You wouldn’t know what to call Mrs. B. if the title of Jero Yun’s film didn’t tell you. The lengths gone to keep the specifics of the main subject hidden silently emphasize the restrictions placed upon immigrants in China and South Korea. Which isn’t to imply that Mrs. B. and her husband(s) don’t explicitly address these nation’s desiccated channels of bureaucracy; these are people who, after a decade (give or take, the chronology is never quite clear), are all too familiar with the realities of human trafficking. Yun’s filmmaking compliments this awareness with shots that seem always to be in transit, only stopping when inactivity is necessitated—at which point the stillness is excruciating. Mrs. B, a North Korean Woman features narration of bits and pieces of the woman’s life since leaving North Korea, and depicts fragments of her return to her family in South Korea; it’s only 70 minutes long, but it’s made clear that even that much footage was hard enough to get.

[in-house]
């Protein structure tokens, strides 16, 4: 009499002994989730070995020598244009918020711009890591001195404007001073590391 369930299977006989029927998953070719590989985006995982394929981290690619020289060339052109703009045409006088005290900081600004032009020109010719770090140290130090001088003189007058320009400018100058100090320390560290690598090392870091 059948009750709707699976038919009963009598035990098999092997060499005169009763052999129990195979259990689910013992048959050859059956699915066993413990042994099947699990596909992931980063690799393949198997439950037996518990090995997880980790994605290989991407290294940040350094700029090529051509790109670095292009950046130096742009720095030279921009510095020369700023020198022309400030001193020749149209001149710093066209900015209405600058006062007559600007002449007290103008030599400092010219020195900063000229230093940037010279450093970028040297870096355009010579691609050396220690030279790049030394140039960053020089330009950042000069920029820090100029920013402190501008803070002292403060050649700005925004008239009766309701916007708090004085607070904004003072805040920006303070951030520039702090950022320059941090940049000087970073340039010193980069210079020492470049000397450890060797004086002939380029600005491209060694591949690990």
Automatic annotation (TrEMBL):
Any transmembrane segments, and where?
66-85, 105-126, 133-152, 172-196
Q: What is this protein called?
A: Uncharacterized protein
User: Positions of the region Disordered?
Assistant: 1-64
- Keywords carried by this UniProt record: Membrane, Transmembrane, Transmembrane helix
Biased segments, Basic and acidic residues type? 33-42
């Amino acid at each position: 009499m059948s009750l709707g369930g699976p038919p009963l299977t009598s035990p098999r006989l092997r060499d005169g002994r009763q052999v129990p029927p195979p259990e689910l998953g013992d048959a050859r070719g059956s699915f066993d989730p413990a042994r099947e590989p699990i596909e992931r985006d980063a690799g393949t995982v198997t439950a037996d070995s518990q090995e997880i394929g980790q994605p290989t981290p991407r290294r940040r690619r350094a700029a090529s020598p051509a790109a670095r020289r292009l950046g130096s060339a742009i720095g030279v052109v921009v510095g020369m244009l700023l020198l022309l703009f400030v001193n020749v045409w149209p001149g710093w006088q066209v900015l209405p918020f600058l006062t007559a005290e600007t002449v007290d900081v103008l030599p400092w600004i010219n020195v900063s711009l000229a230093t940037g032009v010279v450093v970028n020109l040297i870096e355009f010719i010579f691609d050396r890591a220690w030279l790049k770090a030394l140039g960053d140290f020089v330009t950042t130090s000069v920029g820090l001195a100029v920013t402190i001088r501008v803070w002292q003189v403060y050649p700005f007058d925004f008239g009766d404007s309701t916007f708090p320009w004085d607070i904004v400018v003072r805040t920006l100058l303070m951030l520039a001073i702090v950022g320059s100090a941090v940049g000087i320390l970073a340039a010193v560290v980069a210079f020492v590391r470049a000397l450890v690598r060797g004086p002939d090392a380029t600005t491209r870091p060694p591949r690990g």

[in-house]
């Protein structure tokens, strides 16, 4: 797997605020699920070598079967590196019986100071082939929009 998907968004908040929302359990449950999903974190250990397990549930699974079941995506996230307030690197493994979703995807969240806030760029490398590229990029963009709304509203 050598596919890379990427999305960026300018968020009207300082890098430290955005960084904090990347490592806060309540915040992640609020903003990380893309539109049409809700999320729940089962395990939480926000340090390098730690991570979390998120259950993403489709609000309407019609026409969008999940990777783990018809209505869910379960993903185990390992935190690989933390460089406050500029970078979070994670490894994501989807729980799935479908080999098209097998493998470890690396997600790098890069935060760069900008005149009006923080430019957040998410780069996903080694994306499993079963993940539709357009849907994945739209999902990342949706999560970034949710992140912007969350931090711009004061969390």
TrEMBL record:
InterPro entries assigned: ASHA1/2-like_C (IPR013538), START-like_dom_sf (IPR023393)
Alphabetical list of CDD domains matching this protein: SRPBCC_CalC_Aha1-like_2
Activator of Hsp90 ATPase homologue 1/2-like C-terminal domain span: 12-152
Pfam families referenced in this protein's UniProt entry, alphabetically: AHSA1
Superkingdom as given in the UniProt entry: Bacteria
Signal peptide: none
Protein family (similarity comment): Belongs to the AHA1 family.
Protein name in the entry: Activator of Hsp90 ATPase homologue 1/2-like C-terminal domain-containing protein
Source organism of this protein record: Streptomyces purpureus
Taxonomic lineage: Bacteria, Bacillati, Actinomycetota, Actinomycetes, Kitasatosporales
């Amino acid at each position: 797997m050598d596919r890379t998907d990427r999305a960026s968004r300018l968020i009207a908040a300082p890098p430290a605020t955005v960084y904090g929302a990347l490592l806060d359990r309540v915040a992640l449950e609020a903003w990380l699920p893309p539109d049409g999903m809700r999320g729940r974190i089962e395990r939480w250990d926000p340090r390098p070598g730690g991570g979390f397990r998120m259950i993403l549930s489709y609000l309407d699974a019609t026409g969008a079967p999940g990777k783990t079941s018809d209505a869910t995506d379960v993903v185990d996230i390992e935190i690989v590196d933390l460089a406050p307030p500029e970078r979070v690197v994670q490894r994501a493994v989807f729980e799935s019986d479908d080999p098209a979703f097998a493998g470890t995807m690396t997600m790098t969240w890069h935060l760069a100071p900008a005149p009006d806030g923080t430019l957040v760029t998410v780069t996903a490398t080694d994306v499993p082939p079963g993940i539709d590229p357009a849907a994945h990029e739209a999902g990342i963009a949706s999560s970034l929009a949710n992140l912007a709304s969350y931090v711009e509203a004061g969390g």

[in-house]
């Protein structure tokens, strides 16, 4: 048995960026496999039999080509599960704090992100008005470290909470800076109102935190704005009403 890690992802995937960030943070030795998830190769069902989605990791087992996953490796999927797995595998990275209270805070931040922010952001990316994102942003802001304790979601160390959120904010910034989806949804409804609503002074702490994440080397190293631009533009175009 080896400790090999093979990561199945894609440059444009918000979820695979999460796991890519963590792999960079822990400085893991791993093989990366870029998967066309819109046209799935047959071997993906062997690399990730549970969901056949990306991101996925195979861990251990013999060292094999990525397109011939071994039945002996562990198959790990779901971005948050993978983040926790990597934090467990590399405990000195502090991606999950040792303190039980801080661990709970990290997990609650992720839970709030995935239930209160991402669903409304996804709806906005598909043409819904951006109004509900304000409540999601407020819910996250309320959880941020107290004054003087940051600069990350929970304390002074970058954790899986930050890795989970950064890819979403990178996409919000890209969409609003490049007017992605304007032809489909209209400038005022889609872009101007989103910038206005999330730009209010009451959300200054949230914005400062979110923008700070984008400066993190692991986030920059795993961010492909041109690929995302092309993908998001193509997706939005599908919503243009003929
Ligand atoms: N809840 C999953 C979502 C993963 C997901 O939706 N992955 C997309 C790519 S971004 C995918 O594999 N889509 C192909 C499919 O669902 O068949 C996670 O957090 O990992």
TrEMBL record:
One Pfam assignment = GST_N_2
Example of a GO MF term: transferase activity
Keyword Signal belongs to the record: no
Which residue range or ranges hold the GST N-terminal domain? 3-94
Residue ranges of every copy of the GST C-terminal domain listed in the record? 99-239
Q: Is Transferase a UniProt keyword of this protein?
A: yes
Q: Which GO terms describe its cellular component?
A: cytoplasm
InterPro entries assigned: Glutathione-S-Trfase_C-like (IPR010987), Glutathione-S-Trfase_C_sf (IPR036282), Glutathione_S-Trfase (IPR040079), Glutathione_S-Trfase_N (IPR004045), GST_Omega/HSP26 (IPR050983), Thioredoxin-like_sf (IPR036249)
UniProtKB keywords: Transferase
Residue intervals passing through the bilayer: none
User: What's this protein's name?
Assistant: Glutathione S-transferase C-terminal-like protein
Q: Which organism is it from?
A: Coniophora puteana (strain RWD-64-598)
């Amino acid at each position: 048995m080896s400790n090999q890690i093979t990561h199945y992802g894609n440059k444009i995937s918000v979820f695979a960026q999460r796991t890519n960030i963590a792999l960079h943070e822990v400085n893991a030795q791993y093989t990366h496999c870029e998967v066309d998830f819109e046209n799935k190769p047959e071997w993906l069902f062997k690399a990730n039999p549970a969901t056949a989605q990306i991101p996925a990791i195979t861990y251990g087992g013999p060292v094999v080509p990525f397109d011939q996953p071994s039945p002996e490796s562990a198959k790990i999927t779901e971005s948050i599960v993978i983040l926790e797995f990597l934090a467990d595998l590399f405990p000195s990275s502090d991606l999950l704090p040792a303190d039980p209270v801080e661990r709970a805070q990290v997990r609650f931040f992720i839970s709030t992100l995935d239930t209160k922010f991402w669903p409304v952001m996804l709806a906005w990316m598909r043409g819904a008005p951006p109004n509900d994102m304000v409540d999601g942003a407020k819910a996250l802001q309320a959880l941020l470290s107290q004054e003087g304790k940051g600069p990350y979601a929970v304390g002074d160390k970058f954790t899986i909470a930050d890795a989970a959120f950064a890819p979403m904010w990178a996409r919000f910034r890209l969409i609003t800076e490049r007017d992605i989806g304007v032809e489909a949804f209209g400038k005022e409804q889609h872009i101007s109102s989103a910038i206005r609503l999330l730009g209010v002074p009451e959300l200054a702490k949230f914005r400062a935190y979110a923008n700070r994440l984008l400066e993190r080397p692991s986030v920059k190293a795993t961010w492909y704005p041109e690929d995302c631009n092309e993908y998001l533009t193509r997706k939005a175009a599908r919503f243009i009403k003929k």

Previously published as part of New York Asian Film Festival | Dispatch 1.